Role of CPI-17 in the regulation of endothelial cytoskeleton

Irina A. Kolosova, Shwu Fan Ma, Djanybek M. Adyshev, Peyi Wang, Motoi Ohba, Viswanathan Natarajan, Joe G.N. Garcia, Alexander D. Verin

Research output: Contribution to journalArticlepeer-review

38 Scopus citations


We have previously shown that myosin light chain (MLC) phosphatase (MLCP) is critically involved in the regulation of agonist-mediated endothelial permeability and cytoskeletal organization (Verin AD, Patterson CE, Day MA, and Garcia JG. Am J Physiol Lung Cell Mol Physiol 269: L99-L108, 1995). The molecular mechanisms of endothelial MLCP regulation, however, are not completely understood. In this study we found that, similar to smooth muscle, lung microvascular endothelial cells expressed specific endogenous inhibitor of MLCP, CPI-17. To elucidate the role of CPI-17 in the regulation of endothelial cytoskeleton, full-length CPI-17 plasmid was transiently transfected into pulmonary artery endothelial cells, where the background of endogenous protein is low. CPI-17 had no effect on cytoskeleton under nonstimulating conditions. However, stimulation of transfected cells with direct PKC activator PMA caused a dramatic increase in F-actin stress fibers, focal adhesions, and MLC phosphorylation compared with untransfected cells. Inflammatory agonist histamine and, to a much lesser extent, thrombin were capable of activating CPI-17. Histamine caused stronger CPI-17 phosphorylation than thrombin. Inhibitory analysis revealed that PKC more significantly contributes to agonist-induced CPI-17 phosphorylation than Rho-kinase. Dominant-negative PKC-α abolished the effect of CPI-17 on actin cytoskeleton, suggesting that the PKC-α isoform is most likely responsible for CPI-17 activation in the endothelium. Depletion of endogenous CPI-17 in lung microvascular endothelial cell significantly attenuated histamine-induced increase in endothelial permeability. Together these data suggest the potential importance of PKC/CPI-17-mediated pathway in histamine-triggered cytoskeletal rearrangements leading to lung microvascular barrier compromise.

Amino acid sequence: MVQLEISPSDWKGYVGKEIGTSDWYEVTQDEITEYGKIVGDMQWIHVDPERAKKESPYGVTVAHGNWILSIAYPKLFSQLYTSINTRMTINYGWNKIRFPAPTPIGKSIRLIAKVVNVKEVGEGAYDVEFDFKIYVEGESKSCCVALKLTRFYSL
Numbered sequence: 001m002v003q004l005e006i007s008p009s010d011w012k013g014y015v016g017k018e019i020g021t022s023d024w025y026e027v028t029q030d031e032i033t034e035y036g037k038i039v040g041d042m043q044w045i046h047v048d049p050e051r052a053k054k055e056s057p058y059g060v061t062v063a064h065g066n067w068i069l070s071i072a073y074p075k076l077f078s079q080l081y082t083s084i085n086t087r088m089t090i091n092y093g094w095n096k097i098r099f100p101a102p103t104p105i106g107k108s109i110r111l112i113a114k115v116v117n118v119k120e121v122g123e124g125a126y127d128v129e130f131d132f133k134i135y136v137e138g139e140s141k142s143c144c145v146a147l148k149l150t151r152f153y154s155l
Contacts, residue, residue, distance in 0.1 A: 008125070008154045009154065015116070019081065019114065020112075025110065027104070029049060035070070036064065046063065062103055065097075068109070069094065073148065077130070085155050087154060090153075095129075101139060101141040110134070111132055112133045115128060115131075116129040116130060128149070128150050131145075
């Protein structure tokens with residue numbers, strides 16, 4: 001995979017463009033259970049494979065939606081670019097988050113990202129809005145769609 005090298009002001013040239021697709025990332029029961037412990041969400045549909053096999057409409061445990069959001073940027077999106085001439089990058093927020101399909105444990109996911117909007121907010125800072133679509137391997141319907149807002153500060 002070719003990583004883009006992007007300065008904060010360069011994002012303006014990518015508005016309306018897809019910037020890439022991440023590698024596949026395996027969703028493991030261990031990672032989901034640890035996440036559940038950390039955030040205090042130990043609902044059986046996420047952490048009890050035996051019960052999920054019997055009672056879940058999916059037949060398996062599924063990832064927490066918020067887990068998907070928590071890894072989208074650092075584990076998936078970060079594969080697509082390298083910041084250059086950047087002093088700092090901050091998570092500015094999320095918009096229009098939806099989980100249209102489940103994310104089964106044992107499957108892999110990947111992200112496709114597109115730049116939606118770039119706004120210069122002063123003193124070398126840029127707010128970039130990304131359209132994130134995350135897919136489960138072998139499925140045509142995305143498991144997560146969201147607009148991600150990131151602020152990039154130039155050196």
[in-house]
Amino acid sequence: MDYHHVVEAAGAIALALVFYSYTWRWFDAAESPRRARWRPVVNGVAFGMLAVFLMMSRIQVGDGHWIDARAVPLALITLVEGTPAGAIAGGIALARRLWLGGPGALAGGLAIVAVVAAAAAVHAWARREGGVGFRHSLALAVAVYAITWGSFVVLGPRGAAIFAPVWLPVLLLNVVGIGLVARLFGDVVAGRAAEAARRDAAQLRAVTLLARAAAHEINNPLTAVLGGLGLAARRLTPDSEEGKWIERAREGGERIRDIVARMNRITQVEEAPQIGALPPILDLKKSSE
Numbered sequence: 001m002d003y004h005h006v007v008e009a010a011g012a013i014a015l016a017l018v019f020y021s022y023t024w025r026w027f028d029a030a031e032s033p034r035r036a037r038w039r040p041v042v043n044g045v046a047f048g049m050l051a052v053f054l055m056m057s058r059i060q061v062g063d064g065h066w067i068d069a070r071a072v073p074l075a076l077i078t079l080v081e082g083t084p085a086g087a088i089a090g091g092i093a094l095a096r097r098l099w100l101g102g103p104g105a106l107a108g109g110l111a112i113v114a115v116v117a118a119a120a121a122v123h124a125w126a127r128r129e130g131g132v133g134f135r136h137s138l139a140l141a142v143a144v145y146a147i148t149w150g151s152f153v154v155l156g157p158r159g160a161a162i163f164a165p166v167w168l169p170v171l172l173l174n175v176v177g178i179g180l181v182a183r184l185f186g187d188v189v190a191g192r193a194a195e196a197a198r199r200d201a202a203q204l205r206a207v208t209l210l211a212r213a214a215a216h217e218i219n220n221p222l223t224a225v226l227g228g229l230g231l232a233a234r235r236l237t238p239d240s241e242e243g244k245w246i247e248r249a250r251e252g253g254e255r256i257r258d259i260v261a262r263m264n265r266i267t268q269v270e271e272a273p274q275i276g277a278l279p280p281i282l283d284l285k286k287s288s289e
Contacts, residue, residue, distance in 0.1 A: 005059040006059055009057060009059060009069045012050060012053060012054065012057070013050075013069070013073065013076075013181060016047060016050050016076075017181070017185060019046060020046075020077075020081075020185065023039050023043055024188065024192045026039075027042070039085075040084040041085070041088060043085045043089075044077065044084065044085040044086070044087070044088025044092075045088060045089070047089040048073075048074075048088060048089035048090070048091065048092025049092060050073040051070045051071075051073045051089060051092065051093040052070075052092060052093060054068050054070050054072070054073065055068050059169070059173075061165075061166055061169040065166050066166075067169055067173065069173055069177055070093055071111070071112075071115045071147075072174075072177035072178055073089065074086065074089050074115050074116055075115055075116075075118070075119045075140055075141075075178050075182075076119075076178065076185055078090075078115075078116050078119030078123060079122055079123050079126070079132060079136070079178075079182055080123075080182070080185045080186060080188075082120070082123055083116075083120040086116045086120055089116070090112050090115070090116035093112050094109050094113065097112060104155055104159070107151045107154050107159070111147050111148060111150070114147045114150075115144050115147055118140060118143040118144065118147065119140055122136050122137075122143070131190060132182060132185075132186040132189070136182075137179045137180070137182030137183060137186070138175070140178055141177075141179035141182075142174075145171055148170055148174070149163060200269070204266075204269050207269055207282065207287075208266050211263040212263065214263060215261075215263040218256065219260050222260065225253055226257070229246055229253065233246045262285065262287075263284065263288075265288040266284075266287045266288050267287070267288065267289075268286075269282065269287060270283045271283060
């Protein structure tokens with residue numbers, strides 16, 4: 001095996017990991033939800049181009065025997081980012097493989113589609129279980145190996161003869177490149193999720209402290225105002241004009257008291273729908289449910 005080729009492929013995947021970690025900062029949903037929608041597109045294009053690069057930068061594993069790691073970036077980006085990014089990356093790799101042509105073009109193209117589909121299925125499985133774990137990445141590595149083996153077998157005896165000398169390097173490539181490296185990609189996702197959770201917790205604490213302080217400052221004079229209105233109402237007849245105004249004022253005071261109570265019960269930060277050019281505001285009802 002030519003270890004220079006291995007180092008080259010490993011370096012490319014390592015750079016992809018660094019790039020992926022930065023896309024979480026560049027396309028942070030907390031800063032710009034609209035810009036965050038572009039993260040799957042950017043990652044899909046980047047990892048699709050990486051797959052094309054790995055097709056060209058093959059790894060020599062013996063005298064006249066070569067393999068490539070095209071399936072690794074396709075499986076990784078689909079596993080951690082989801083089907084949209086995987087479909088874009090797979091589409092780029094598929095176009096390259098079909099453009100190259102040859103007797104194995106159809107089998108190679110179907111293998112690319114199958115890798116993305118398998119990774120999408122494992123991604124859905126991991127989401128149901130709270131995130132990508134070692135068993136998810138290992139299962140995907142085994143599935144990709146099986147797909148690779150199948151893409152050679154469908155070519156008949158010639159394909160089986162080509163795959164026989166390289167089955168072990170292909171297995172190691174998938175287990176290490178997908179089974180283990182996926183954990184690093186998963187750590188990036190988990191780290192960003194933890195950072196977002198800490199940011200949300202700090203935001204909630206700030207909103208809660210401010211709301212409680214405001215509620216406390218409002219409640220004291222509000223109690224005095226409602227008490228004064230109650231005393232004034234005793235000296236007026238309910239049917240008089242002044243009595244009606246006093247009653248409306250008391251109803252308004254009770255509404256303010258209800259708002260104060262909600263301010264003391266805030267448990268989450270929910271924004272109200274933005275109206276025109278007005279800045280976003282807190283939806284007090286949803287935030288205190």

Original languageEnglish (US)
Pages (from-to)L970-L980
JournalAmerican Journal of Physiology - Lung Cellular and Molecular Physiology
Issue number5 31-5
StatePublished - Nov 2004


  • Endothelial barrier
  • Myosin light chain phosphorylation
  • Myosin phosphatase

ASJC Scopus subject areas

  • Physiology
  • Pulmonary and Respiratory Medicine
  • Physiology (medical)
  • Cell Biology


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